Being your own boss, working from anywhere, and establishing your own hours are some of the many freedoms that come with self-employment. Though certain tax benefits are one of these liberties, a notable downside to making the switch from 9 to 5 is a more complicated tax filing process than your average salaried employee. That said, filing taxes for the first time as a self-employed person may seem like a daunting and time-consuming task, but you can file it with confidence and ease with proper knowledge and preparation. To get you started, we’ve compiled some helpful tips.
Start Preparing Early
Whether you’re an accountant, a teacher, or a lawyer, it’s never too early to start preparing for tax season—especially when you’re self-employed with different financial and tax-related responsibilities than your 9-5 peers. When filing as a self-employed individual, especially for the first time, you will likely run into roadblocks such as collecting missing tax records and determining tax breaks and deductions. Starting the tax preparation process as early as possible can save you some stress in the long run as filing season nears. It also never hurts to get organized while you’re ahead. Instead of keeping a box full of receipts, or hastily recording expenses in a notebook, consider consulting with a professional to ease the record-keeping process and avoid mistakes.
Collect Your Earning Statements
Collecting your earning statements from your self-employed venture not only keeps your finances in check but can save you a lot of frustration when it’s time to report your income on your tax return. Set aside time to review your bank account statements and 1099 forms from any clients, brands, or businesses that contributed to your working income over the past year. Ensuring that every payment is reported accurately to the IRS can also save you from a potential audit.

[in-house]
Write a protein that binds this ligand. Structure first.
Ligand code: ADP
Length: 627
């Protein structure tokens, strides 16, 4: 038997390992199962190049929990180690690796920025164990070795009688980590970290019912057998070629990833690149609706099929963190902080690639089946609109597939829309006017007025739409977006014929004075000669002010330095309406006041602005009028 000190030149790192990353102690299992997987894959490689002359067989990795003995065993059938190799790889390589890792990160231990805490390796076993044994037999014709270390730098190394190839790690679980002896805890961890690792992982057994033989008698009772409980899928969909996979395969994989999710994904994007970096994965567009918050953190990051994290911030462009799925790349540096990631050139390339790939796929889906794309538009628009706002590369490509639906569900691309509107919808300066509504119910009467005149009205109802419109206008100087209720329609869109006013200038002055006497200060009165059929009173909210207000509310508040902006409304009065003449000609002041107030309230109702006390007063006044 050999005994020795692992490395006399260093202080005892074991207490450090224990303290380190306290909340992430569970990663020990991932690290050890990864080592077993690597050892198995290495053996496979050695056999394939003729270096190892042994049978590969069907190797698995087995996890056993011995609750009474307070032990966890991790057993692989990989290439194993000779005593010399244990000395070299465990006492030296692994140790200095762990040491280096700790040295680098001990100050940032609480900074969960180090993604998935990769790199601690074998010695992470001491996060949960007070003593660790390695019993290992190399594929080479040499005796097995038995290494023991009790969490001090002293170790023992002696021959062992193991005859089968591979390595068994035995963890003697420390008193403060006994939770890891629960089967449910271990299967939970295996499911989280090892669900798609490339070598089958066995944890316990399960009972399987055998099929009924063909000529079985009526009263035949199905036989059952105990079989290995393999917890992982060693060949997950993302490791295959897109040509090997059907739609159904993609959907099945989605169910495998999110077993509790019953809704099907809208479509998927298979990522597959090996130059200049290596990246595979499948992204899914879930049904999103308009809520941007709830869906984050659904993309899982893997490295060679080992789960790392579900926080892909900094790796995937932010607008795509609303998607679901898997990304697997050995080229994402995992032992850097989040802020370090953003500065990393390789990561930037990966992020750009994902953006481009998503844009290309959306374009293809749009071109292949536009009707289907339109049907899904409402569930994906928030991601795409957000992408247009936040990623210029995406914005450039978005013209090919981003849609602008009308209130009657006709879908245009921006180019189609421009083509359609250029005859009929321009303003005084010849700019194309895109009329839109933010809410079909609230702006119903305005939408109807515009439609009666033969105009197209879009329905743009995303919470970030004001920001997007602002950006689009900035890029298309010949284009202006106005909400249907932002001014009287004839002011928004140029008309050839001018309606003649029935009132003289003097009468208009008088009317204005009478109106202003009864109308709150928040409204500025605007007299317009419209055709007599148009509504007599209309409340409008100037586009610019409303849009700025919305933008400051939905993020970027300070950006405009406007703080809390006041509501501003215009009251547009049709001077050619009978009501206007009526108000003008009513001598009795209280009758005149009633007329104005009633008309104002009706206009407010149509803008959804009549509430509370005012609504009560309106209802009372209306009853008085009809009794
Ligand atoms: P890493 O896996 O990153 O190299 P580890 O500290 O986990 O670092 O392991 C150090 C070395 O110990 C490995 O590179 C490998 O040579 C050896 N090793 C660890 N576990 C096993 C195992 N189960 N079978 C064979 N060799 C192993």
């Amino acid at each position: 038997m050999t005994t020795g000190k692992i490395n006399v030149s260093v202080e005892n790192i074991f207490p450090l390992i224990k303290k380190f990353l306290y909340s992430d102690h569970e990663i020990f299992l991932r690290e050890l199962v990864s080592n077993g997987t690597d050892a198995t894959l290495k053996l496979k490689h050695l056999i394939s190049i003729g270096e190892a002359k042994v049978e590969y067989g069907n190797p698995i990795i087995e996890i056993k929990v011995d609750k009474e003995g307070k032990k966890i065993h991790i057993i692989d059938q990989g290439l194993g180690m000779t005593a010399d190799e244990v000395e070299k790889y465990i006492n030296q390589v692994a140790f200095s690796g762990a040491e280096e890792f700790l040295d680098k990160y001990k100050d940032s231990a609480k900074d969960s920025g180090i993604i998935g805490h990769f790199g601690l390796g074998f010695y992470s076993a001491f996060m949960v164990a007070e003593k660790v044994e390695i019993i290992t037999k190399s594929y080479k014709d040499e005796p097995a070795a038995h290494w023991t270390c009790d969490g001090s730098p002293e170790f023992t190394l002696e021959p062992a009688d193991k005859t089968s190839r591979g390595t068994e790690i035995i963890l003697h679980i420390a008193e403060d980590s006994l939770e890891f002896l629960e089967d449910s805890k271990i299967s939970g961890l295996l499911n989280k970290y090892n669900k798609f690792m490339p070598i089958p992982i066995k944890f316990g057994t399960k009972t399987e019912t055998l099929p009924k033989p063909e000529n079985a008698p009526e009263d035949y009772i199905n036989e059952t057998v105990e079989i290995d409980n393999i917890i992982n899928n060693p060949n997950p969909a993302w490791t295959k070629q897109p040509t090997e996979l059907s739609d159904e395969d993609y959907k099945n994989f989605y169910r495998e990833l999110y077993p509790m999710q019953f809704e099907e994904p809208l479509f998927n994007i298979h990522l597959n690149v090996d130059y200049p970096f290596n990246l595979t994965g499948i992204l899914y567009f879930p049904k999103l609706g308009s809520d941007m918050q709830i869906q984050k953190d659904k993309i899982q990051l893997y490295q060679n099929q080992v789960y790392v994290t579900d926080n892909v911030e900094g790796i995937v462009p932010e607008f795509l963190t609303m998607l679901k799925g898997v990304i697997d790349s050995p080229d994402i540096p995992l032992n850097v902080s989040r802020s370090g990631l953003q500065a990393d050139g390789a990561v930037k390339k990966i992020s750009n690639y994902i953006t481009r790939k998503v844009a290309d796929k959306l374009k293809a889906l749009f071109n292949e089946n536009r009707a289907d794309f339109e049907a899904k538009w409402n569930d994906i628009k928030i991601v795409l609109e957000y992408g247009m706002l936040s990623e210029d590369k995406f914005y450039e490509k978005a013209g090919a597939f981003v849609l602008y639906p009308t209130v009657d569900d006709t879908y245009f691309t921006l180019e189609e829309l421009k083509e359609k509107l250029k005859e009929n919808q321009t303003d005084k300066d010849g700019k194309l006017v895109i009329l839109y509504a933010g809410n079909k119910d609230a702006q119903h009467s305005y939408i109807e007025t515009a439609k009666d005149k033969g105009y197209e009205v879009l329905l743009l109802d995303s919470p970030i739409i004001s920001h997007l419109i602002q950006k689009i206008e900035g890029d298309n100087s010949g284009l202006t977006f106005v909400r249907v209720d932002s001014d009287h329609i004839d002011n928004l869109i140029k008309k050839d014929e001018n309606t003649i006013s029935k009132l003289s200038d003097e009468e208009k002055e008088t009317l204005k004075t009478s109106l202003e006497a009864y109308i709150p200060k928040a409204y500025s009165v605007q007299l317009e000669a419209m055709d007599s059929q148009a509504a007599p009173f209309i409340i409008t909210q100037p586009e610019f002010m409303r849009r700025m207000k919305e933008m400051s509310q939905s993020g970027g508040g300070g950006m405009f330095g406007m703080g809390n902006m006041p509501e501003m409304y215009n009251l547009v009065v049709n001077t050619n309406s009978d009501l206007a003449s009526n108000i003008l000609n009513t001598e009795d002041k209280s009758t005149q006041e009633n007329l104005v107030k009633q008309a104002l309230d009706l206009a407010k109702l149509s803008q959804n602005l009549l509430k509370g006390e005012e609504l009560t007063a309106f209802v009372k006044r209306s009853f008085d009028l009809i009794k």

Keep Track of Write-Offs
Keeping track of standard tax deductions is essential. Taking the time to review all the costs of running your business can help you save both money and time come tax season. For example, typical expenses such as pens, printers, even website domains can be deducted from your taxable income when you’re self-employed. You can also deduct tech purchases such as a new laptop or iPad, given they’re strictly used for work and not recreational purposes. Not only can you write off equipment expenses, but you can also receive a home office deduction, as long as the space is dedicated to your self-employed business. This deduction can include furniture and everyday supplies like highlighters and pens. Just remember to keep track of these purchases and receipts come tax season.
Need Tax Advice?
Check out our previous blog post on Life Events that Affect Your Taxes. In addition, if you need personalized tax advice, our team is always here to help—contact us today to book an appointment!